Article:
2.2 During these academic exchanges, as they usually do, Chinese authorities tried to justify the persecution of the CAG by arguing that its members committed serious crimes. However, the documents supplied by the same Chinese authorities on the most famous of these crimes, the homicide of a woman in a McDonald’s diner in Zhaoyuan in 2014, proved that the assassins were not members of the CAG. They belonged in fact to a different religious movement that, while using the words “Almighty God” in its name, regarded as Almighty God(s) returned to Earth persons different from the one the CAG recognizes as Almighty God, and had nothing to do with the CAG. In fact, the assassins themselves declared they were not members of the CAG that is led by Zhao Weishan and struck by the CCP authorities (Introvigne 2017a; Introvigne and Bromley 2017).
2.3 Another frequent accusation was that in 2013, in the Chinese province of Shanxi members of CAG gouged out the eyes of a six-year old boy. American academic Holly Folk (who was another of the scholars invited to the 2017 conferences against CAG in China) studied the related documents and concluded
that the crime was committed by the boy’s aunt, CAG had nothing to do with it, and accusations against the church were spread by Chinese anti-cultists in the aftermath of the McDonald’s homicide, several months after the police investigation had been closed (Folk 2017).
2.4 Opponents of the CAG also claim that in 2002 it kidnapped 34 pastors and lay leaders of a large Christian House Church, the China Gospel Fellowship (CGF). Again, Introvigne collected and studied the available documents, and concluded that the violence that would justify the label of “kidnapping” was absent, and the story as told by CGF and other hostile sources was largely unbelievable (Introvigne 2018).
2.5 The CAG has also been accused of predicting the end of the world for 2012, within the global framework of the 2012 phenomenon, based on prophecies attributed to the Maya civilization, causing riots and even crimes around China. This was another justification used by Chinese authorities to arrest a great number of members of the CAG, though in fact they just preached the Gospel peacefully. Australian scholar Emily Dunn, in what was the first scholarly book devoted to the CAG in 2015, noted that, like many Chinese, some “members of Eastern Lightning embraced the Mayan prophecy” but they “appear to have done so without sanction from the group’s self-proclaimed authorities,” who in fact declared “Mayan” and other theories about the end of the world as theologically and factually “mistaken” (Dunn 2015, 95). The Church also maintains that some flyers and brochures depicted in Chinese anti-xie–jiao Web sites as evidence of its 2012 prophecies were in fact either fabricated or derived from alterations of existing materials of the CAG (Introvigne 2017b).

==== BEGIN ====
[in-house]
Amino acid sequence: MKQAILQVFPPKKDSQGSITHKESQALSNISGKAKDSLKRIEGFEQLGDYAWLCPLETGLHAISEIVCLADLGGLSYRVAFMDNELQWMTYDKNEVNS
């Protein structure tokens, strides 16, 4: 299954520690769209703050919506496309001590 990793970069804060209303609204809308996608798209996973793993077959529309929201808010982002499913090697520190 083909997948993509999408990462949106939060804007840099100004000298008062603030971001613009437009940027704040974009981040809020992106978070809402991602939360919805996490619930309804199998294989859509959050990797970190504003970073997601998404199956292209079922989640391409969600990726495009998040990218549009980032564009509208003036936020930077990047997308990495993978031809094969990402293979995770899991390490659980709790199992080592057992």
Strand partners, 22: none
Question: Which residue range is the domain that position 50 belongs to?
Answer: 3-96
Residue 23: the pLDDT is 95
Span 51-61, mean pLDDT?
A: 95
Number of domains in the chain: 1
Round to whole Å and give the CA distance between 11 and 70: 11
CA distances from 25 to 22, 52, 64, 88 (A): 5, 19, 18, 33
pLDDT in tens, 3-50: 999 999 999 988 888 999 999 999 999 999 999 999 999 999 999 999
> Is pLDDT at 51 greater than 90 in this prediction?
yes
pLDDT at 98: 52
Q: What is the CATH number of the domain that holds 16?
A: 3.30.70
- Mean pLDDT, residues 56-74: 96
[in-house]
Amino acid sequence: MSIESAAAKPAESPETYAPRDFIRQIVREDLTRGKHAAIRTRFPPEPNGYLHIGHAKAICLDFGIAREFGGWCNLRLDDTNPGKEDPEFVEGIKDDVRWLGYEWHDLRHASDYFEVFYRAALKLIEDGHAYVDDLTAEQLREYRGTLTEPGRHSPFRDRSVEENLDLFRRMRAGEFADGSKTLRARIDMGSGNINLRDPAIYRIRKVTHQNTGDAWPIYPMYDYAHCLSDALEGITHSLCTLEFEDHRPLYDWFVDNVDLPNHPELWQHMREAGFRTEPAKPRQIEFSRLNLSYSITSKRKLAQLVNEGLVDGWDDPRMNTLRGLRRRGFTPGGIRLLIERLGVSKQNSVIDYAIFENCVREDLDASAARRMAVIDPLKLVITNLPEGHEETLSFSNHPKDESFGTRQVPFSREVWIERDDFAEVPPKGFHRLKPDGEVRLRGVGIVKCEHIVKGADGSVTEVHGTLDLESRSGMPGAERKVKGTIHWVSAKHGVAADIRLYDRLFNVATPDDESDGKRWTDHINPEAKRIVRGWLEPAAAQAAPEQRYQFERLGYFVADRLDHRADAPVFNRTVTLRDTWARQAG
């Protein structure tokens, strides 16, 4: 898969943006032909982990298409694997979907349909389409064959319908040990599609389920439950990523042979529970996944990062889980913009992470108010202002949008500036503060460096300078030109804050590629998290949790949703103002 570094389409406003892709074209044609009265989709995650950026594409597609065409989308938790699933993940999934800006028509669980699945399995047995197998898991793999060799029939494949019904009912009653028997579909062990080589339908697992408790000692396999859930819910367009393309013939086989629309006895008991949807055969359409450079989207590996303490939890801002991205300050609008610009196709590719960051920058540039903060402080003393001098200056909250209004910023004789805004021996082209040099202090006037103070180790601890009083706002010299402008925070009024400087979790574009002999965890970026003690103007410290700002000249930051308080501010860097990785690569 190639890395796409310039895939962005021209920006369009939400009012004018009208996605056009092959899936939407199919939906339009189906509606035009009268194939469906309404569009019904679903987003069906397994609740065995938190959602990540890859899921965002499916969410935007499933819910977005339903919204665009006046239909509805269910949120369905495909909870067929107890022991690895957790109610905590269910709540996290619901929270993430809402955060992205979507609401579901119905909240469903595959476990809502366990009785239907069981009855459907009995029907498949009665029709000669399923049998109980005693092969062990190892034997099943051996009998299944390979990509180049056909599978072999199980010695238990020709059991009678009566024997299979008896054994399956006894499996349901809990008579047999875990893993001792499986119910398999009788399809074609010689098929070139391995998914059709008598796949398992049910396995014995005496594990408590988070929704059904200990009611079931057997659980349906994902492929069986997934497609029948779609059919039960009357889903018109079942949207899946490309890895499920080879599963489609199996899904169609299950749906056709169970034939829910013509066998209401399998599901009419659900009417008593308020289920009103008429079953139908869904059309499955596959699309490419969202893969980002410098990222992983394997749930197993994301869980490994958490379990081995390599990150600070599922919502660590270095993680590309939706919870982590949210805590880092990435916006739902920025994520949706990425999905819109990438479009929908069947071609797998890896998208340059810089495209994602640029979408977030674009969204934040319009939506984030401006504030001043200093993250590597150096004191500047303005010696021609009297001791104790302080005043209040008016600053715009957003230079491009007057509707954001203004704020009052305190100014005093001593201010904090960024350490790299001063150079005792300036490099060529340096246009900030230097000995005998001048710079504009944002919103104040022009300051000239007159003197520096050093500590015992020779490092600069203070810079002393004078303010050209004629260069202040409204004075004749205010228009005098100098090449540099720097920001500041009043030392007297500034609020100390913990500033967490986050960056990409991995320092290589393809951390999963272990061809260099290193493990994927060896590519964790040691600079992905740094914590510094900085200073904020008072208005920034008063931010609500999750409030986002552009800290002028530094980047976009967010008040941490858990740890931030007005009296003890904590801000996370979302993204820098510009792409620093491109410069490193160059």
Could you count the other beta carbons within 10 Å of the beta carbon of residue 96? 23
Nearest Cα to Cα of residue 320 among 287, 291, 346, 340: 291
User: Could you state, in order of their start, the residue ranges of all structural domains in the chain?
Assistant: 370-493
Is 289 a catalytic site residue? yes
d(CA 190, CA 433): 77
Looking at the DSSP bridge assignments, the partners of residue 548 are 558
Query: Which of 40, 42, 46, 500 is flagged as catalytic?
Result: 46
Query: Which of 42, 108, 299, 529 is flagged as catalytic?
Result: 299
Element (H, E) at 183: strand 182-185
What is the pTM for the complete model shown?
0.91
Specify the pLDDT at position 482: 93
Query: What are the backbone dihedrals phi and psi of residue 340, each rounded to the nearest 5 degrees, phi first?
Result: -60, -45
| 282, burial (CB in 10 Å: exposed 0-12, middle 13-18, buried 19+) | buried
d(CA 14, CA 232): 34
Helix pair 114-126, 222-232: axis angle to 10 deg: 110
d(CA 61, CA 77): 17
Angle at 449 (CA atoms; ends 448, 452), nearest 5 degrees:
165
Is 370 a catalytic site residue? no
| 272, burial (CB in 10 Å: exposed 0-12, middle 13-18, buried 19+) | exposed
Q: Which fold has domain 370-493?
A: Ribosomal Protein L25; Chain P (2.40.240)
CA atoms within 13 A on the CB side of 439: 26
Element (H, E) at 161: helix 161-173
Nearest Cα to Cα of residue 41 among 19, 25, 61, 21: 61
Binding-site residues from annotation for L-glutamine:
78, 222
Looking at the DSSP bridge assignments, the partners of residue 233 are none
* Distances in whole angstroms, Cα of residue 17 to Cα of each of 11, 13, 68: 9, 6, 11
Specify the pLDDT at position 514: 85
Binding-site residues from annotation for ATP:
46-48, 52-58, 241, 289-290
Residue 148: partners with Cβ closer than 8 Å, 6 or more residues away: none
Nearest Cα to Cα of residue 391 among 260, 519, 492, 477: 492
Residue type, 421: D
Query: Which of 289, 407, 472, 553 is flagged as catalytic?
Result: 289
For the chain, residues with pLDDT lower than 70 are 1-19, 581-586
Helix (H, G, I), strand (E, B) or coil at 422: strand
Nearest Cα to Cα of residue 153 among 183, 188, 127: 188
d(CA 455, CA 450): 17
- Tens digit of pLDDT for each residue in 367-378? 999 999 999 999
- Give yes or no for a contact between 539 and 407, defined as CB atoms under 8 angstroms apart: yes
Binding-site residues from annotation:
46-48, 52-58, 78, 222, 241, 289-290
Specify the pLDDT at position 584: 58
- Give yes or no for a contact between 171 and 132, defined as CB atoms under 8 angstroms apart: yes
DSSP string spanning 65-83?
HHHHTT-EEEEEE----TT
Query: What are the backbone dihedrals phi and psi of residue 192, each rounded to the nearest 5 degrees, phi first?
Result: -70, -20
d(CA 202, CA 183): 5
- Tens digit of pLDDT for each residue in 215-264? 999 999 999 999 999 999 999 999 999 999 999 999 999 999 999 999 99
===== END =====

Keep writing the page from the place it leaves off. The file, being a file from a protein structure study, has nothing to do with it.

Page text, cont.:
2.6 It is also important to note that China started persecuting the CAG several years before the alleged crimes, confirming that the persecution was not motivated by accusations of crimes but by the CAG’s doctrine, regarded as incompatible with CCP’s ideology.
2.7 Another reason for the persecution of the CAG is its phenomenal expansion, which made the CCP literally panic. In 2014, Chinese authorities estimated that it had four million members in China (Ma 2014). Some scholars regard this figure as possibly exaggerated, but admit that the situation in China makes statistics difficult to collect.
- Legal Framework